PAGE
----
Blue whales, the majestic marine mammals, are the largest animals known to have existed in the world. Yes! They're even bigger than dinosaurs. You can easily spot dolphins hopping out of the water, but it's rare to witness a whale. If you do manage to see one, it would probably be a humpback or a sperm whale. Blue whales are rare beauties!
Discovering Rare Beauties
Blue whales are scarce. They lead a remarkable solitary underwater life and cover a significant area of the ocean waters. Though whaling is illegal in some countries, it’s estimated that approximately 0.10 per cent of blue whales survived whaling in the Southern Hemisphere.
Scientists led by The University of New South Wales (UNSW) Sydney are confident that they have discovered a new population of endangered blue whales in the Indian Ocean. This finding was possible with the help of recordings from hydrophones or nuclear bomb detectors that were supposed to detect bomb tests under the ocean. They have discovered pygmy blue, the smallest subspecies of blue whales.
Pygmy blue whales are known to be tropical subspecies of the blue whale family that are a little smaller but not for any human. Their average size can reach up to 24 meters long, almost the length of two buses. They are also approximately half of the overall weight of a blue whale found in the Antarctic.
However, they wish to seek visual sightings to confirm the new population of whales in the Indian Ocean. If the results are favorable, the world will house the fifth population: pygmy blue whales discovered so far.
How were they discovered?
Sound travels several times faster underwater than in the air, so many aquatic creatures communicate by producing sounds. Blue whales are often known to be melodious underwater creatures. They sing or just make a noise to communicate, seduce their opposite partners, locate food or just find each other.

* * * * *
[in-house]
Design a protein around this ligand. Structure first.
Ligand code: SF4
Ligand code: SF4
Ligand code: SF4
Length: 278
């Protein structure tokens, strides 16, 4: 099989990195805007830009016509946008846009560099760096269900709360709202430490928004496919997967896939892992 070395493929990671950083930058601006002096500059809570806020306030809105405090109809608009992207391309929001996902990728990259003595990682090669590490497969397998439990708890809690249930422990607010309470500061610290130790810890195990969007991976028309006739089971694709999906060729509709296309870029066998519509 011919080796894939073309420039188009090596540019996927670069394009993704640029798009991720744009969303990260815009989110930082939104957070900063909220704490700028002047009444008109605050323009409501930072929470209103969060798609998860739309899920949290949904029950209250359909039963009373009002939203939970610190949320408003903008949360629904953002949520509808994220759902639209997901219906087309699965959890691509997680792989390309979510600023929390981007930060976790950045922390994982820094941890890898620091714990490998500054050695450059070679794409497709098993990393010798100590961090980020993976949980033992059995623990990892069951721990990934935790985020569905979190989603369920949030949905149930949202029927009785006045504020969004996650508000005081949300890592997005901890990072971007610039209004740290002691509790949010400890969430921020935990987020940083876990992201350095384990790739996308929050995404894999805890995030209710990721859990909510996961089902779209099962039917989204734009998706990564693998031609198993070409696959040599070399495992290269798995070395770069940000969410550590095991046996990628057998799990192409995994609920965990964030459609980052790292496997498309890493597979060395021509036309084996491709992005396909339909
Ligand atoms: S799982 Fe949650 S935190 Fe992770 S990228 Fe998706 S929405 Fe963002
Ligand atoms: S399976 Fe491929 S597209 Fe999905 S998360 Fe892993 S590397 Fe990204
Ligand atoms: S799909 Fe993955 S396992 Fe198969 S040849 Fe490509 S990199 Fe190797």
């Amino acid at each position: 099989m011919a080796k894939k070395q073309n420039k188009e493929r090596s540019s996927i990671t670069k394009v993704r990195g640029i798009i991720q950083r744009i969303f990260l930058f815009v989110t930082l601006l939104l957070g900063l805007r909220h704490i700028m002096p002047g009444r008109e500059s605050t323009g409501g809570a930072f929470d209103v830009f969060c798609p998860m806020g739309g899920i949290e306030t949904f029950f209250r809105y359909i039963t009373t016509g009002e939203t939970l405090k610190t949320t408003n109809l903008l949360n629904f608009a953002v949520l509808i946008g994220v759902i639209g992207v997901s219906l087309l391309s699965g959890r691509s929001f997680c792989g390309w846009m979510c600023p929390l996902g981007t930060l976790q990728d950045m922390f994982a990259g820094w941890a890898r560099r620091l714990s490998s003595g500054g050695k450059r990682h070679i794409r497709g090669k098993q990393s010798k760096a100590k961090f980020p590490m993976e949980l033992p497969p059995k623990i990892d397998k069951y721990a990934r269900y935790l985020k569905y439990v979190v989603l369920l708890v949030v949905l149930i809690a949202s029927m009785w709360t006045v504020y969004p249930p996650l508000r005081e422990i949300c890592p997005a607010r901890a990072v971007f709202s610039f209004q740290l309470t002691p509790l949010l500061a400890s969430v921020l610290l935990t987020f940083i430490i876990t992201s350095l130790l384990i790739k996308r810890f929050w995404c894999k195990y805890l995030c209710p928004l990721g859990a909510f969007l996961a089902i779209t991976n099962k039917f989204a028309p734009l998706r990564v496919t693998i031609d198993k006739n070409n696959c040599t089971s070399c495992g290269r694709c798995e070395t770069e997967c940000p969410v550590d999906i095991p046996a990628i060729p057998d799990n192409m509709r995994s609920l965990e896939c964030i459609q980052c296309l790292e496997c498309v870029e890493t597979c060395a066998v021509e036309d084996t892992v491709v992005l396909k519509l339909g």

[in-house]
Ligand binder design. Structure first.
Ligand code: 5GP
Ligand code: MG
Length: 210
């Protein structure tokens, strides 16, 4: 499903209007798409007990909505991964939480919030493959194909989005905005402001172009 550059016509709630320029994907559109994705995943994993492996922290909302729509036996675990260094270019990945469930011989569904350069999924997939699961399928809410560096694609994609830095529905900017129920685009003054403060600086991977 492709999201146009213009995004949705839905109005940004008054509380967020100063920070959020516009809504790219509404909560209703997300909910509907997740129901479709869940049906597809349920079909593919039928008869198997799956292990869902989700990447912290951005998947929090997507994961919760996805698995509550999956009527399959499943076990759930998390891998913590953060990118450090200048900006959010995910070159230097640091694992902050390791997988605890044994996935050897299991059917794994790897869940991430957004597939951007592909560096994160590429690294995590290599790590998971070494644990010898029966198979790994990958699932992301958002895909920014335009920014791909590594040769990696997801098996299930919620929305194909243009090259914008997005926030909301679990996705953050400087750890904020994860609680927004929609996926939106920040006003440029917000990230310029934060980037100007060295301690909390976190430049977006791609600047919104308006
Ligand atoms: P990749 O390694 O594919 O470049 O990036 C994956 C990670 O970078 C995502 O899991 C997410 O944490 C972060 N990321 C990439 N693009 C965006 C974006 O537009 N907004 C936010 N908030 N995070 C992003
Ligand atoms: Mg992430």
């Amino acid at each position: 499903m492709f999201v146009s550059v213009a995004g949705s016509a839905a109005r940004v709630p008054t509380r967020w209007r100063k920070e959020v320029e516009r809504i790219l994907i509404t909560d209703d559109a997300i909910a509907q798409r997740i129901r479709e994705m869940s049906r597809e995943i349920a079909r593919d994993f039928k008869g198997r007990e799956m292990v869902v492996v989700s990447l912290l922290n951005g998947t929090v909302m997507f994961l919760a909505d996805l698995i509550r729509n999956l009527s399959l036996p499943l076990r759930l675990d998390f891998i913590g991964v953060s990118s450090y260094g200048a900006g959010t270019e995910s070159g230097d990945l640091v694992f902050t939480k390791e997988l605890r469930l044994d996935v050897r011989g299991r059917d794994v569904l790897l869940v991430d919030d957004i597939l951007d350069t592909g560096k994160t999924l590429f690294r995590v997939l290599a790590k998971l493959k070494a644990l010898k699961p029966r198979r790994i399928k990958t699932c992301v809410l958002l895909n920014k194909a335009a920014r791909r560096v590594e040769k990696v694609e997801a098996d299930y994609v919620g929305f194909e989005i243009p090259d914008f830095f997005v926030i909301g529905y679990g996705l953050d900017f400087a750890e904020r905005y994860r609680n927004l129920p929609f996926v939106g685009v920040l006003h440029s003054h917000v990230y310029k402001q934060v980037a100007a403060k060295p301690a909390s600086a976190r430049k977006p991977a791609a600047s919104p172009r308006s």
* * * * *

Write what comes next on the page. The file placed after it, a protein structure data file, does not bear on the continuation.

The credit of being the loudest animal in the world goes to the blue whale. Yes! It’s true. Vocalizations of a blue whale can be up to 188 decibels that can be heard from 160 Kms away. This principle helped the scientists of UNSW as the blue whales’ powerful sound wave, or singing, was recorded by underwater bomb detectors.
The UNSW team of scientists was studying the data when they came across an unusually robust signal. Curious about the frequency composition until they discovered that it belonged to a group of pygmy whales. The recordings made by the bomb detectors have led the world to welcome the new population of blue whales that were on the verge of extinction.
The Discovery of these whales was made possible because of the data provided by the Comprehensive Nuclear-Test-Ban Treaty Organization (CTBTO). While monitoring the international nuclear bomb testing, they use advanced hydrophones to detect soundwaves or any suspicious noise from potential atomic bomb tests. These ocean sounds are then tested, analyzed and are helpful in marine science research.
"Discovering a new population is the first step to protecting it," says Dr. Leroy.
A great bio-acoustician, Dr Emmanuelle Leroy, is the lead author of the study. She was the former postdoctoral researcher at UNSW Science. She has led her whole life studying how animals create and receive sounds. She was examining the CTBTO data when she noticed a peculiar pattern emerging in the bomb detector recordings.
She first noticed horizontal lines on the spectrogram at particular frequencies reflecting a solid signal. Curious about the signal that was not so random, they knew the ocean had something more to offer. She with her team scanned approximately 18 years of data. While analyzing the pattern, they found the signal wasn’t just a random occurrence under the ocean.
Blue whales are hauntingly melodious and powerful singers. Their songs or usual whale vocalization, as scientists estimate, can travel anywhere up to 500 kilometers. Their songs are very low in frequency and are like fingerprints for humans to track.
Further Studies and Research
In a previous study, Dr Leroy found that the changing pitch in the sound waves produced by the blue whales could reflect their response to the noise of cracking icebergs.
Prof. Tracey Rogers is leading a team of scientists using the CTBTO data. The focus is to study the Chagos population, where they came, where they were born, and how they adapted to the warm ocean temperature.
The team of scientists named the newly-found blue whale population “Chagos,” after the Chagos archipelago where they were located. The scientists are confident with their findings. However, it’s impossible to confirm the existence of these majestic species without visual data or observation.
This is a significant finding for marine ecologists as these rare beauties were on the edge of extinction after extensive whaling. The acoustic information hidden in the sound waves of the new population of blue whales can also help scientists discover more about the Animal Kingdom. We could learn about their migration patterns, aging mysteries, spatial distribution on the Earth, and population numbers.